We have returned home at last, tired but refreshed. My near-constant eye twitch even stopped a few days into the trip! Undoubtedly it will return, but I'm enjoying its absence while it lasts.
After my last post (which was mysteriously deleted but was undoubtedly a brilliant piece of writing so just remember it that way), the trip continued on in full steam. I meant to post again during the trip instead of waiting until returning home, but when I was too busy doing all the things and eating all the food, I was too tired from doing all the things and eating all the food to think about putting together a coherent post. So here it is, I'll try to not be TOO long-winded (I said I'd try, not that I'd succeed).
On my birthday we took an early ferry over to Salt Spring Island where we explored the market, ate some delicious food, visited some shops (yes, including some that sold yarn), and took a drive up to the top of Mount Maxwell. From there we took in the view, which didn't suck.
After heading back to Victoria we went for dinner with an old friend of mine, who surprised me with the best cake of all time! It was also delicious.
Early Monday morning we caught the ferry to Vancouver, rented a car, and drove down to Everett in Washington so the Enabler could start doing his business-y things. While he was busy, I amused myself by wandering around the Future of Flight museum. One of the most interesting things I learned is that the carbon fiber parts used in airplanes are basically made of yarn. Well ok, thread. Carbon thread that gets layered into a mold and filled with epoxy and baked or something, but it still starts out as thread on a spool! I think it would be fun to try to knit something with it.
After he was done we headed into Seattle and checked into our hotel downtown to freshen up before walking around downtown a little and having a delicious dinner at the Metropolitan Grill. (Dinner not pictured because we were too busy eating for me to remember to take a picture).
The next day I struck out on my own to Bainbridge Island. When I was trying to take a picture of the Seattle skyline, I got photobombed by a seagull.
I wandered around the island, which included a visit to another yarn store. I also explored a number of the other shops and stopped for lunch at the Madison Diner (which was featured on the Food Network show Diners, Drive-Ins and Dives a number of years ago. It was delicious).
Once I had pretty much exhausted things to do on foot on the island, I started to head back to the ferry, but got sidetracked by an art gallery on the way. Admission was free, so obviously I had to stop and check it out. After exploring the whole gallery and the gift shop, I headed back out to the ferry. Unfortunately I hadn't bothered to check the schedule at all, and got there when the ferry was still there, but about a minute too late to actually get on it.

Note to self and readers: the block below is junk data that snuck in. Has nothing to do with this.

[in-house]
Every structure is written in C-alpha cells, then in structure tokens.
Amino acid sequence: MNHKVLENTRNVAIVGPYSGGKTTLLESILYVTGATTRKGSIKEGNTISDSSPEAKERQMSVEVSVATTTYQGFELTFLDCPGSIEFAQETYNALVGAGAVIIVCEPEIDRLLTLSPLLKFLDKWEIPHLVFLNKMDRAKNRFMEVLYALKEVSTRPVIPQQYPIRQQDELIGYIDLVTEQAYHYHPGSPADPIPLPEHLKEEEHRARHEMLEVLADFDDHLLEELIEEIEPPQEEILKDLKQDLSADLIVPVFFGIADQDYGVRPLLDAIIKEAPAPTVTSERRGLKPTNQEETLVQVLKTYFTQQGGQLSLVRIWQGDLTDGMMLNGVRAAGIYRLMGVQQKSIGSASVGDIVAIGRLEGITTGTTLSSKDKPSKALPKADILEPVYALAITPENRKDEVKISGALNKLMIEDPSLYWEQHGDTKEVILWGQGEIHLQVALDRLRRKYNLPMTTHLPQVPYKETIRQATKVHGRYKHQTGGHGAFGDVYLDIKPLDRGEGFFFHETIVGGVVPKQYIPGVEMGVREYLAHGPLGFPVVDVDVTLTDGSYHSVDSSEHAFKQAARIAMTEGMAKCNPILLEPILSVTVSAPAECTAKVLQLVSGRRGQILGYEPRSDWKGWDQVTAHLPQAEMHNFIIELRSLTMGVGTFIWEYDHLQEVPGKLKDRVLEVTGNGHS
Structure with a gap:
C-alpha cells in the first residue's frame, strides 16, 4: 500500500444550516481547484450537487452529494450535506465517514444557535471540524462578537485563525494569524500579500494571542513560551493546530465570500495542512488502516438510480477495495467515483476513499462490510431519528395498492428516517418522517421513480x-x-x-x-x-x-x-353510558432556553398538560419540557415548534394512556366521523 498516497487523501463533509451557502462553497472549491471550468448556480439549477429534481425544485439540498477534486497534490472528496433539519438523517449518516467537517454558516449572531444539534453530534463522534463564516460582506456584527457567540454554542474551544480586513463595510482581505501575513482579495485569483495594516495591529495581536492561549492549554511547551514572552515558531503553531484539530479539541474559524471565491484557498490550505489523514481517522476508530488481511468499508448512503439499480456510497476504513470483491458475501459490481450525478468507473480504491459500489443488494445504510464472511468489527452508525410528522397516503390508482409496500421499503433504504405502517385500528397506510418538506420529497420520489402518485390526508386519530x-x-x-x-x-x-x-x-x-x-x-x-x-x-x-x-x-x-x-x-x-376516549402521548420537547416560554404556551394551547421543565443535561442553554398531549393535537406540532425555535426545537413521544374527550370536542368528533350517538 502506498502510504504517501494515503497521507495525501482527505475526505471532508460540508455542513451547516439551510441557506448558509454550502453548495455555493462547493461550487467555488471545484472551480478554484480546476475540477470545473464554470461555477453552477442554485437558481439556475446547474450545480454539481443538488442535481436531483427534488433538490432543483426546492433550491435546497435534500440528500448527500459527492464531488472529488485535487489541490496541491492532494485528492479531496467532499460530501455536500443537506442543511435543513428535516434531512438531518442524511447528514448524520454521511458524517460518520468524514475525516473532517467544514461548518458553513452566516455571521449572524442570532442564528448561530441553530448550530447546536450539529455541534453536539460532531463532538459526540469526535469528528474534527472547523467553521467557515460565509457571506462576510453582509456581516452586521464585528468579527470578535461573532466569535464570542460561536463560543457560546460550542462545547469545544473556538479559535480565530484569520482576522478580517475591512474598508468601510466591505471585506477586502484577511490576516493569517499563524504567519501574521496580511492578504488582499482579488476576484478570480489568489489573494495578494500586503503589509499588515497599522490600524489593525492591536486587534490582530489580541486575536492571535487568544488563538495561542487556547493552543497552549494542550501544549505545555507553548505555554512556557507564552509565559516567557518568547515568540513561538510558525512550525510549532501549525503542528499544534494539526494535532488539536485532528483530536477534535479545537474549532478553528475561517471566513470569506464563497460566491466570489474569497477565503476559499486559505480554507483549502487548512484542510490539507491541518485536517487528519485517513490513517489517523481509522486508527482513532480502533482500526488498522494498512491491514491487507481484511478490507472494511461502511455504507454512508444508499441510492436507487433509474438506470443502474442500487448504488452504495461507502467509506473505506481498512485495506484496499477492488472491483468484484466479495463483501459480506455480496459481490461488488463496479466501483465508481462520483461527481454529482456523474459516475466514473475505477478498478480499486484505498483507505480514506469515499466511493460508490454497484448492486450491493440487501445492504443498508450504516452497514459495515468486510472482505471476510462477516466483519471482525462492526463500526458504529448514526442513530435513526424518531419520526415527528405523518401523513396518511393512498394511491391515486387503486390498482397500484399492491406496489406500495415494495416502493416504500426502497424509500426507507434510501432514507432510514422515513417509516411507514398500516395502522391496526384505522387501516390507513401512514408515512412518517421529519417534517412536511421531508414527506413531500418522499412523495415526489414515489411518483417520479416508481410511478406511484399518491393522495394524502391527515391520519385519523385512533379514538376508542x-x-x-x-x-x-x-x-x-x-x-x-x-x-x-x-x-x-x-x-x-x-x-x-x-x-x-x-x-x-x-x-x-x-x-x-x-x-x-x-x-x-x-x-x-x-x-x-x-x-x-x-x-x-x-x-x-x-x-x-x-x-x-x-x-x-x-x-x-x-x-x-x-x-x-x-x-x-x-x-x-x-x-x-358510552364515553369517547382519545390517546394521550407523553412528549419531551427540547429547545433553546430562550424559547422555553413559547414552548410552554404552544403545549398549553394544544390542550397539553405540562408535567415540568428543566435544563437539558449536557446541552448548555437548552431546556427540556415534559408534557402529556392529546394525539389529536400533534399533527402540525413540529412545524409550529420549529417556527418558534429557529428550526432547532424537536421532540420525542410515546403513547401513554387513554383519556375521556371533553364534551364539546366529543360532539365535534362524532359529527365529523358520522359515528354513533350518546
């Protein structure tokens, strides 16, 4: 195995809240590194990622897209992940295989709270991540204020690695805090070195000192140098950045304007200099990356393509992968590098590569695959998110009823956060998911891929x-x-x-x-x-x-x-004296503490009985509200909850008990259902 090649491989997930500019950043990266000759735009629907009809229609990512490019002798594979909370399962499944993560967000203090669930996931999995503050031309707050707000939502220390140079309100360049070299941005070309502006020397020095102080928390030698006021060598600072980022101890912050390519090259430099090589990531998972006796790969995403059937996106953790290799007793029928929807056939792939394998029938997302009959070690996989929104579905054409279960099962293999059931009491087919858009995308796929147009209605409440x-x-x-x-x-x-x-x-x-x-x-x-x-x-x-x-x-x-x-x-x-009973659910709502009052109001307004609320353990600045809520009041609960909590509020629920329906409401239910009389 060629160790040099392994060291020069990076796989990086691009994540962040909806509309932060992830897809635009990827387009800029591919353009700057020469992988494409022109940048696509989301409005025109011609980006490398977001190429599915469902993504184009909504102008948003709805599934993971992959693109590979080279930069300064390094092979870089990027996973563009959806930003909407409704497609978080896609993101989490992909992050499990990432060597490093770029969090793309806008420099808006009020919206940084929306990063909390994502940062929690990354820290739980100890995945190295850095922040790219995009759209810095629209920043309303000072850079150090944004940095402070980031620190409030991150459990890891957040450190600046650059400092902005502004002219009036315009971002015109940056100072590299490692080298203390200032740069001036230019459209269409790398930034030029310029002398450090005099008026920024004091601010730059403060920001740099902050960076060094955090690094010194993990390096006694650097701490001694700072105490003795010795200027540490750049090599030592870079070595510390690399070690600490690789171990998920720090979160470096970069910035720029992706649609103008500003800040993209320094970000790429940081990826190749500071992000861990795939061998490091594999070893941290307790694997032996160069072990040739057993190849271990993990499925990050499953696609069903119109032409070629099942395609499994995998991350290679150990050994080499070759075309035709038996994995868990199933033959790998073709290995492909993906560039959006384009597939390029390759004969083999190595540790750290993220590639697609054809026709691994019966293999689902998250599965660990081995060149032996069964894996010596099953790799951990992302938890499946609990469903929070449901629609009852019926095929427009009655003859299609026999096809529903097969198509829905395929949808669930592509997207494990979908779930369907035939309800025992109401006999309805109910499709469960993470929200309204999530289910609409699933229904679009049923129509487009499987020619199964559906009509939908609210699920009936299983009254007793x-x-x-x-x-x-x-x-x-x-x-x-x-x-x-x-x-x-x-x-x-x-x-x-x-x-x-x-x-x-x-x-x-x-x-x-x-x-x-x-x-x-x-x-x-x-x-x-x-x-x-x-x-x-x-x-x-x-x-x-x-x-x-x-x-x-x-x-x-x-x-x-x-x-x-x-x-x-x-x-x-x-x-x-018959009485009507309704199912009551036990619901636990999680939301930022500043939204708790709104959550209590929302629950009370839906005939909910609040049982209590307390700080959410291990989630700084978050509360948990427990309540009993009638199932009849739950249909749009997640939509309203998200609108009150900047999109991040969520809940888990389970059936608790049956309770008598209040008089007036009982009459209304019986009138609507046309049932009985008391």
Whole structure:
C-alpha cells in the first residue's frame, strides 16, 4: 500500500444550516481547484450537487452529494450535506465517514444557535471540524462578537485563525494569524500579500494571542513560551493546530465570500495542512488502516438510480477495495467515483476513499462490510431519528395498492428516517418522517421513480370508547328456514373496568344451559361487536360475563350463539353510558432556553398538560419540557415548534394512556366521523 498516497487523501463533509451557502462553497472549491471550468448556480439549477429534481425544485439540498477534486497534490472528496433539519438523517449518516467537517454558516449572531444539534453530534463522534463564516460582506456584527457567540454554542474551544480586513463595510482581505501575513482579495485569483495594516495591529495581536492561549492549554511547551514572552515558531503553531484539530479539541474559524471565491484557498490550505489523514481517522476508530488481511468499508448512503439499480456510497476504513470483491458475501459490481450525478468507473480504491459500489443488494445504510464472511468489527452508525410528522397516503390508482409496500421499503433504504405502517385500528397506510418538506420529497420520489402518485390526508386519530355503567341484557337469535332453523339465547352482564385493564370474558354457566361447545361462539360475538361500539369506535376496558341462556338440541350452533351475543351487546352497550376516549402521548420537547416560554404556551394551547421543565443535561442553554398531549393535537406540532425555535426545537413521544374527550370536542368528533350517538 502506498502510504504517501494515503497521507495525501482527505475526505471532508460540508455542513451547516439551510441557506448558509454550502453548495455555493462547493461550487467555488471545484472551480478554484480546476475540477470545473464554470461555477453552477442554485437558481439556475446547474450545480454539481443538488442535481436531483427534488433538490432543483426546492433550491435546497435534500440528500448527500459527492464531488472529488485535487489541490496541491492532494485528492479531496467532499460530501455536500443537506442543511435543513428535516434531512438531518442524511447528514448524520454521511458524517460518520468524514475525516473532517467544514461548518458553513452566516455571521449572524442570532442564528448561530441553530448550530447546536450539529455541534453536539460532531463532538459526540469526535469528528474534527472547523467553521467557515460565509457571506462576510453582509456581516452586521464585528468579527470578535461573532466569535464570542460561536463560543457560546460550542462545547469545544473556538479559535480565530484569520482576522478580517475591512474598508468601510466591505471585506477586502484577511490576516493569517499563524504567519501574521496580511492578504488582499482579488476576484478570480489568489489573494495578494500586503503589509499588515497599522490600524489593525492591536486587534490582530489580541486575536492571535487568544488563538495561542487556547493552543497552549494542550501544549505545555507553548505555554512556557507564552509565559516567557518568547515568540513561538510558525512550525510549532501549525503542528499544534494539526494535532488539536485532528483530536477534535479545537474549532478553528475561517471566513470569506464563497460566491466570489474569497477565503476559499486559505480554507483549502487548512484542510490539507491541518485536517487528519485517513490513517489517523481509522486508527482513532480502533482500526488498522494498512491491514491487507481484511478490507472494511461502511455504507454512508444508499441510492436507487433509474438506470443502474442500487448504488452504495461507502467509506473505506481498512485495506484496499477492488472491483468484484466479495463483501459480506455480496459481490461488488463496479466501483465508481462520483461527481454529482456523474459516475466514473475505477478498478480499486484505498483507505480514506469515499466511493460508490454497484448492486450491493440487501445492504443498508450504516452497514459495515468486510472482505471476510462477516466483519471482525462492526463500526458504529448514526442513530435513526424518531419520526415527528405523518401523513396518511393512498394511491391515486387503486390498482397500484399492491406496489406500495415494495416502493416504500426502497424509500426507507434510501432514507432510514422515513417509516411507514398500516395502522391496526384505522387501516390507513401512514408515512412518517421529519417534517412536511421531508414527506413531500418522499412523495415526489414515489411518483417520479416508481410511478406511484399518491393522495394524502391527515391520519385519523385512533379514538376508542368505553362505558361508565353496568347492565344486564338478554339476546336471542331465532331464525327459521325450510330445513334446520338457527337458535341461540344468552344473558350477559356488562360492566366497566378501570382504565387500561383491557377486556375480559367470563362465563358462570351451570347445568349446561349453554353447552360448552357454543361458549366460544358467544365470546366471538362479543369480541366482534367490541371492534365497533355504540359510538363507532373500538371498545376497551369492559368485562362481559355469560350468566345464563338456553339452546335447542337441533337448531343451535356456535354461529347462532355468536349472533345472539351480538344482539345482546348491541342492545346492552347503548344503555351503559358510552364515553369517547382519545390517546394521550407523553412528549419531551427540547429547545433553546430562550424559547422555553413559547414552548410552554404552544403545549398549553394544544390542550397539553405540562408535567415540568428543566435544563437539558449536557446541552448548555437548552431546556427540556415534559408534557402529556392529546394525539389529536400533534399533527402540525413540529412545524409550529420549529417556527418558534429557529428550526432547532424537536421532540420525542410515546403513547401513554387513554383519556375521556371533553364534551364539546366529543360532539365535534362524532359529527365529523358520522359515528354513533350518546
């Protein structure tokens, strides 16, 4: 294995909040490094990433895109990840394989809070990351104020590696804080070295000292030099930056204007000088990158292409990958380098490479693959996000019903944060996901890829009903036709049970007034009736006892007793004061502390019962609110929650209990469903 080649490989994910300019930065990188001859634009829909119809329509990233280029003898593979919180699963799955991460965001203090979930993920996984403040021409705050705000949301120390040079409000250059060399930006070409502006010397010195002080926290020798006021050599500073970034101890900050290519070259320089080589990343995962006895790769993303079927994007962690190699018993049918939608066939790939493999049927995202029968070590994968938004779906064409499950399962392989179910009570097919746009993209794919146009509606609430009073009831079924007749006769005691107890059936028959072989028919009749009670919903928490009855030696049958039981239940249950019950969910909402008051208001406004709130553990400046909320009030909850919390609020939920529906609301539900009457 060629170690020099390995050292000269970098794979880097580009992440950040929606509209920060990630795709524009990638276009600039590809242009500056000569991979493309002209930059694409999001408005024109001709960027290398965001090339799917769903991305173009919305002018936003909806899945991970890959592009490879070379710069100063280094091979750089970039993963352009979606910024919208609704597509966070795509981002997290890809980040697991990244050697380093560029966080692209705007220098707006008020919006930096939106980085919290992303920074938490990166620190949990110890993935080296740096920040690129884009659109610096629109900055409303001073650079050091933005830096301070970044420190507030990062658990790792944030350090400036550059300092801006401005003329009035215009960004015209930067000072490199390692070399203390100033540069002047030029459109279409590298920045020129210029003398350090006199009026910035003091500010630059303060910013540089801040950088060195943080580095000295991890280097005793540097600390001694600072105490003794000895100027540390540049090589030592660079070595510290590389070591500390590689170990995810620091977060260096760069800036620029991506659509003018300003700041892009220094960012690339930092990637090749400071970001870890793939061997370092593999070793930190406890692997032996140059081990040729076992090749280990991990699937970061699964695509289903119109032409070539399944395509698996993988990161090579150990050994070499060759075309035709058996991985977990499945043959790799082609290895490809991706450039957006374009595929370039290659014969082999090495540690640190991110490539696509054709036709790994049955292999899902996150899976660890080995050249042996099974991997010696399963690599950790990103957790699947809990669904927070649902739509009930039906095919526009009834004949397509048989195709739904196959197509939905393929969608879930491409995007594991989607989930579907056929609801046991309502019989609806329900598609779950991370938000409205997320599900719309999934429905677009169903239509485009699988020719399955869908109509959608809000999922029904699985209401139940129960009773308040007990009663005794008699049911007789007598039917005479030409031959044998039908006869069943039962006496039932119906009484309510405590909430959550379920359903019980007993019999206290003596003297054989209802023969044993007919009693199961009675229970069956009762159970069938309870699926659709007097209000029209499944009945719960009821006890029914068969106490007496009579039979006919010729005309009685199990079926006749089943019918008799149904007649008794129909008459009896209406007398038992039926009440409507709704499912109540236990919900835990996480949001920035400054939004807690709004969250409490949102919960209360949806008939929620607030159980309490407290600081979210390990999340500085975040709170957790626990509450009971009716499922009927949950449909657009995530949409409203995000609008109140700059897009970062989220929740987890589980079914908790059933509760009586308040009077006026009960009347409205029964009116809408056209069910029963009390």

Back in Seattle (after a 45 minute wait for the ferry and a 30 minute ferry ride), I learned the hard way about cities built on hills. I, of course, have lived on the prairie my whole life, and have come to take the flatness of the place I live for granted. After getting off the ferry and taking the pedestrian overpass which goes over the road that is closest to the waterfront, I was on 1st Ave. My hotel was on 4th Ave. Only 3 blocks up, and a few blocks over. The blocks over only had a slight incline, however each of the blocks up climbed between 3 and 4 stories. A building built over the whole block would start on the 1st floor on one side, and the 4th or 5th floor on the other side. I can still hardly believe it. I honestly couldn't figure out how people survive it.
I did make it back to the hotel in one piece (albeit a rather sore and tired piece), and after changing and a short rest, the Enabler and I headed out to find dinner, and ended up in the Pike Place Market area. This is when I realized that the climb from the ferry terminal to the hotel was far steeper than the one from the market to the hotel, even though they were both on 1st Ave. I made a mental note of the blocks that had the worst climbs and decided to avoid them in the future.
In wandering around the market to find our dinner destination, we came across the Gum Wall in Post Alley. I still can't wrap my head around this one. It was kind of neat, but also really gross. It smelled of artificial fruit flavour.
The next day I wandered around downtown Seattle. I visited the Olympic Sculpture Garden, another yarn store, and took in the views on Pier 66.
I explored Pike Place Market a bit and saw the long line of people waiting to get into the original Starbucks, but passed it all by. I was tired and hot by that time, so I went to a (much quieter) coffee shop near my hotel and recharged a bit.
That evening after dinner, we went to check out the Seattle Central Library, which was the inspiration for the Koolhaas hat pattern by Jared Flood.
On Thursday we made our way back to Vancouver where we visited another yarn store, and had a lovely visit and dinner with my uncle and cousin. Then Friday was the flight home, snuggling with kitties, and unpacking.
Unpacking was a bit... surprising. I did mention that I visited a few yarn stores, didn't I?